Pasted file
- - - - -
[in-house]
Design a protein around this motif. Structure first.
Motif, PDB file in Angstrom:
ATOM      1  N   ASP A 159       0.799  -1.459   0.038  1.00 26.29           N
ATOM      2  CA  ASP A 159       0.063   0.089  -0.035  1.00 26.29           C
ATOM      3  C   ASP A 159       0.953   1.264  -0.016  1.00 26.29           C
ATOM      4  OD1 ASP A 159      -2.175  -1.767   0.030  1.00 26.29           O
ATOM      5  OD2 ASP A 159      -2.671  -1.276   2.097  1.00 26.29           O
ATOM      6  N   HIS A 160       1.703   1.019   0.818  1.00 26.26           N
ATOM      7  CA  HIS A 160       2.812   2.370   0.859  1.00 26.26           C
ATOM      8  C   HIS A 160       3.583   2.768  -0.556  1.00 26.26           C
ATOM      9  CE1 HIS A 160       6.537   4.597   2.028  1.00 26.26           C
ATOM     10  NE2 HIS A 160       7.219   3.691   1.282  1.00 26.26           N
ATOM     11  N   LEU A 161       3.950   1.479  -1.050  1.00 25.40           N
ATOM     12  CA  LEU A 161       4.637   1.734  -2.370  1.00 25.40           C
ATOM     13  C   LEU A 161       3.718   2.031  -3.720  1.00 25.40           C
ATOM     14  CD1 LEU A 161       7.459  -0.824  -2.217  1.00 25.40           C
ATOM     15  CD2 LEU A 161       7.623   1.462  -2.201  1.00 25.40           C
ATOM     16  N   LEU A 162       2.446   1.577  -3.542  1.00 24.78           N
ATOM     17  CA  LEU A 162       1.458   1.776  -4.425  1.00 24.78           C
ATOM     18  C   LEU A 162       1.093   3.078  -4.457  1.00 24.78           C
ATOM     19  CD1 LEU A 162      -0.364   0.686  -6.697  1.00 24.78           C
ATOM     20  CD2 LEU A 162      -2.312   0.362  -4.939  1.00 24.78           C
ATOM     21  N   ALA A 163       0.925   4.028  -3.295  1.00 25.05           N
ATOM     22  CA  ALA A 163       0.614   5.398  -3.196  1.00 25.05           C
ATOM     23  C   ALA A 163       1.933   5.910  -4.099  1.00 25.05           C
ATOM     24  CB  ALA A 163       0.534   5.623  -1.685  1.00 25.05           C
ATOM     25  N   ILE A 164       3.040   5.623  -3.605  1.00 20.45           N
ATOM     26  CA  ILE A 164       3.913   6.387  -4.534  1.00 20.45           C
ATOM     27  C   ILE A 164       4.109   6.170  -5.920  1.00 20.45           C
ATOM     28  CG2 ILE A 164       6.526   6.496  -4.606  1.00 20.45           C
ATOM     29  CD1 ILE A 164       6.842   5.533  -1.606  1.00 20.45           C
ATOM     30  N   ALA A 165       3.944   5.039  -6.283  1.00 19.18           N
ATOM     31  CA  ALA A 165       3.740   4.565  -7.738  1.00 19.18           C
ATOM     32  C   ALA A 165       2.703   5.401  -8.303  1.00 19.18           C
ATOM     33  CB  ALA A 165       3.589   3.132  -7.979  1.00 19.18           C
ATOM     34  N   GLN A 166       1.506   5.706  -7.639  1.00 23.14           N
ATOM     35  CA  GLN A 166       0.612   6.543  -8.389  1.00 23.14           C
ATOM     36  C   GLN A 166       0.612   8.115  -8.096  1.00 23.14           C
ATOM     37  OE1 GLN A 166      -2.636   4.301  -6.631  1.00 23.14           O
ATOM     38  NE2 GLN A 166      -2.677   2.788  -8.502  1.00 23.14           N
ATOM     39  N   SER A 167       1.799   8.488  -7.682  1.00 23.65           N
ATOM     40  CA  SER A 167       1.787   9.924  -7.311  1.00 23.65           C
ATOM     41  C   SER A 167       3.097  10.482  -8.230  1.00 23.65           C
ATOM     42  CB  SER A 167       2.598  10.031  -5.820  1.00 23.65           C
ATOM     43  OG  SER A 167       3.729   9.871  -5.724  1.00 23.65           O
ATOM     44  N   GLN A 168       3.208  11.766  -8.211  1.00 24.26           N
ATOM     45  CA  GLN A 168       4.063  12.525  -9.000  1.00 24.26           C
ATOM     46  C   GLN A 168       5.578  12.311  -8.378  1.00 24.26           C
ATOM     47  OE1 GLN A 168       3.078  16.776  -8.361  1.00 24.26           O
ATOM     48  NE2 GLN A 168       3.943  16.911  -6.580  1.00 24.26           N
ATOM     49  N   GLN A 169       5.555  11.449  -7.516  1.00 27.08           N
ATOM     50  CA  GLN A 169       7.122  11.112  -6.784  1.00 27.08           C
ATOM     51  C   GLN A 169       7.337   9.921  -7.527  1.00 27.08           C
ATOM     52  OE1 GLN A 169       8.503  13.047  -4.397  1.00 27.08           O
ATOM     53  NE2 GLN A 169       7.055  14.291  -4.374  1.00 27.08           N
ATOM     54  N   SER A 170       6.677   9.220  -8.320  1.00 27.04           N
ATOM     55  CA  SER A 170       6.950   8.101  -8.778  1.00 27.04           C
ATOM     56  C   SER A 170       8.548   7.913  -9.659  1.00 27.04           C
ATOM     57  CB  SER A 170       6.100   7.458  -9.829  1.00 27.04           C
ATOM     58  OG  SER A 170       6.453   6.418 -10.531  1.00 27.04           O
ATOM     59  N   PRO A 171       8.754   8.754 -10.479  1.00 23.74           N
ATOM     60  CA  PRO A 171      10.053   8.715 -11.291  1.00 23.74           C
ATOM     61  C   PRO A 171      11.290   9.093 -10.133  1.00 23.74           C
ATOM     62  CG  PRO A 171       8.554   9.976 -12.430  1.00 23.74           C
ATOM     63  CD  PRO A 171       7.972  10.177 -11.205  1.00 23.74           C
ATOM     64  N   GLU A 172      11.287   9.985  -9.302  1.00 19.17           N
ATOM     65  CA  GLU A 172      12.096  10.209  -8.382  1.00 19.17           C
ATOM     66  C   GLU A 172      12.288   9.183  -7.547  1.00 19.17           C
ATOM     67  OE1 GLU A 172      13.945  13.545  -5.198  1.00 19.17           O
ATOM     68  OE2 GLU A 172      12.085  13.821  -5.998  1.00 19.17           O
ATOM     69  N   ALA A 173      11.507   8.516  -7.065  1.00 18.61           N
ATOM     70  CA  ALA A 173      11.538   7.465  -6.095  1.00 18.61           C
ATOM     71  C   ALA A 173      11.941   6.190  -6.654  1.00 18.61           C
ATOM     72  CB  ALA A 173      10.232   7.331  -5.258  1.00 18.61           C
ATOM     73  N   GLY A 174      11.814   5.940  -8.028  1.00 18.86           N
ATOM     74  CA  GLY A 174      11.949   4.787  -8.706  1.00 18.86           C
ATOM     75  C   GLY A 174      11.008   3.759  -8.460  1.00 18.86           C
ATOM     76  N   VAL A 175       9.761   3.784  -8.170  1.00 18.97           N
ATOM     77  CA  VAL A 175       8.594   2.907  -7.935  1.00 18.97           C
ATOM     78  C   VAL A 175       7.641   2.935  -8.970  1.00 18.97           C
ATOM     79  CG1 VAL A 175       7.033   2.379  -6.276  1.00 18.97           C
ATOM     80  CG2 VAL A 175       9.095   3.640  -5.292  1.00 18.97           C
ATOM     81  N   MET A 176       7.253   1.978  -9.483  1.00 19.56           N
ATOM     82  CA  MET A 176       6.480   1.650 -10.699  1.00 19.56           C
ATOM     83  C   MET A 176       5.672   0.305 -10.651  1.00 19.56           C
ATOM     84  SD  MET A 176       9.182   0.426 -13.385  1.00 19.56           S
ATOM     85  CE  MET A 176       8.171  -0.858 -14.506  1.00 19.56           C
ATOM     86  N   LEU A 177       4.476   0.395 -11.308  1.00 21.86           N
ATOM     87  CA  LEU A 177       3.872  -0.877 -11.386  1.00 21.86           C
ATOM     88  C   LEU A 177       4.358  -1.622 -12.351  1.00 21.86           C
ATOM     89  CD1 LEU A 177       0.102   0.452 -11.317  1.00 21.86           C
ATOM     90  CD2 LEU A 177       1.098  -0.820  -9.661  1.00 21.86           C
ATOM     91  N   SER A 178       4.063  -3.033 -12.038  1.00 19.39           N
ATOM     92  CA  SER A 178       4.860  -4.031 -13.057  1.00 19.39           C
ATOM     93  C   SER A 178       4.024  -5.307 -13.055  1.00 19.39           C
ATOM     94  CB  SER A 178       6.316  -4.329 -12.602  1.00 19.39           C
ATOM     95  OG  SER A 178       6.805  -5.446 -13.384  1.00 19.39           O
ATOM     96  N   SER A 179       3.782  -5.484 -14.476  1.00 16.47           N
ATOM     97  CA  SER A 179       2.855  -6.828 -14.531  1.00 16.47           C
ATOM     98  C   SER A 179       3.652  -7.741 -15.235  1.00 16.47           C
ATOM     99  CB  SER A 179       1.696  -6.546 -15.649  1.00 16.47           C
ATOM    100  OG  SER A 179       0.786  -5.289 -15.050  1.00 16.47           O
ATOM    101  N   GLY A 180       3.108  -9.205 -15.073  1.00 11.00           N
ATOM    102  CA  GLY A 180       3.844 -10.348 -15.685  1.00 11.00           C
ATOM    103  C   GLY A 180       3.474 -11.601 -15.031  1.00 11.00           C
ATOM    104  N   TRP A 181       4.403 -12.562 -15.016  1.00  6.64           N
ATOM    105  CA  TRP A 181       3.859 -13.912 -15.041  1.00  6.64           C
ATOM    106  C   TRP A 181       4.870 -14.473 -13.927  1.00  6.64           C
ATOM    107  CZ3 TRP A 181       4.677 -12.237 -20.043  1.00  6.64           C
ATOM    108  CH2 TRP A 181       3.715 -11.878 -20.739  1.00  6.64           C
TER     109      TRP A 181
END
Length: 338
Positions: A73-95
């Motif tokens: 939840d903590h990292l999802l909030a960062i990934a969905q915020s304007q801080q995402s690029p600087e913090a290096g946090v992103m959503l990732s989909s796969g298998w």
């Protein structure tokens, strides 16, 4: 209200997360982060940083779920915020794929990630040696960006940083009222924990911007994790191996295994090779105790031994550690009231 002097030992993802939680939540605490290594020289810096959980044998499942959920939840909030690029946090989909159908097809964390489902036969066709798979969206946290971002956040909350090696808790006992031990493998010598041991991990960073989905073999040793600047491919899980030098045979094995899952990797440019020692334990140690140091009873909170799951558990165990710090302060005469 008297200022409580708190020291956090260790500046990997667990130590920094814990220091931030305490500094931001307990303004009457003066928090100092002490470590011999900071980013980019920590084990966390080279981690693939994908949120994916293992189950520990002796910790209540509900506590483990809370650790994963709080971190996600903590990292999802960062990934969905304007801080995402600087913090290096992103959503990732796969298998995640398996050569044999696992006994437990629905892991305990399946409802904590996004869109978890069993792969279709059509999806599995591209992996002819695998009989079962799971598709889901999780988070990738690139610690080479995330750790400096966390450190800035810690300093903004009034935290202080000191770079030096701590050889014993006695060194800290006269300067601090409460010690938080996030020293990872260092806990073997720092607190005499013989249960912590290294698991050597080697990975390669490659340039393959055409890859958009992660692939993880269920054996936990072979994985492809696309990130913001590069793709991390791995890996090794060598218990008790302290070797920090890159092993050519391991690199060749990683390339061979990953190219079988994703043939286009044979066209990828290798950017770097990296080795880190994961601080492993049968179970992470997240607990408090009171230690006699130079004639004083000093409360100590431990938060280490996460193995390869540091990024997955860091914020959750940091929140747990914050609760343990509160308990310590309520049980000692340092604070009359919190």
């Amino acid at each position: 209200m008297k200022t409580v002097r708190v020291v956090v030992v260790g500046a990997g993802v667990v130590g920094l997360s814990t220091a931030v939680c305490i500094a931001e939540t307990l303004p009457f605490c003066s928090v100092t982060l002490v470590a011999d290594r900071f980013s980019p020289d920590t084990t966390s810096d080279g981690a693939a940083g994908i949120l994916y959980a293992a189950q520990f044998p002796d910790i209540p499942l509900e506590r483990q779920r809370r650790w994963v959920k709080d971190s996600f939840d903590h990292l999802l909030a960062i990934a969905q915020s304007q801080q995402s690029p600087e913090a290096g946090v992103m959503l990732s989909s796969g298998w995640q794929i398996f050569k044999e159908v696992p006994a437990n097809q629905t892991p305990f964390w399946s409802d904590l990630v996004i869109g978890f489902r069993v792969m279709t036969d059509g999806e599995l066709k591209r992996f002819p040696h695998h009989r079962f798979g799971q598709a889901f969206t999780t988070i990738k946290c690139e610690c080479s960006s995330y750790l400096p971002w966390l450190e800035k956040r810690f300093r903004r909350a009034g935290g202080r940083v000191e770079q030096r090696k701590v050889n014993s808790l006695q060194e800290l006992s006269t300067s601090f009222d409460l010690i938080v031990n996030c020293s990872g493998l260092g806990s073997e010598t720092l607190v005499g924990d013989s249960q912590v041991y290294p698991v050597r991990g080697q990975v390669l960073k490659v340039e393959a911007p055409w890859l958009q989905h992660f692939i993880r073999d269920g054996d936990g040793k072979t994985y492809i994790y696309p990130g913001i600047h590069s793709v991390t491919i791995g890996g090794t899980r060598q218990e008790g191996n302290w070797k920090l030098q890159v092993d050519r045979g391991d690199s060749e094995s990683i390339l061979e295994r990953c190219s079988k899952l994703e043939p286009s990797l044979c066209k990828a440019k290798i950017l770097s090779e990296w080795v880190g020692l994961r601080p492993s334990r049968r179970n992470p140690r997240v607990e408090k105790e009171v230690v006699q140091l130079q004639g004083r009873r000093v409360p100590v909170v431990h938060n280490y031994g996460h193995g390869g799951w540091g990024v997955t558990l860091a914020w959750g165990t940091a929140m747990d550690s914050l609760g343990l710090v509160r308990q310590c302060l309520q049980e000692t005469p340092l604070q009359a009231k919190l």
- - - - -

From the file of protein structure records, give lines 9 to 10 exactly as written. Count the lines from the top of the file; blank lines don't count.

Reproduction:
ATOM      6  N   HIS A 160       1.703   1.019   0.818  1.00 26.26           N
ATOM      7  CA  HIS A 160       2.812   2.370   0.859  1.00 26.26           C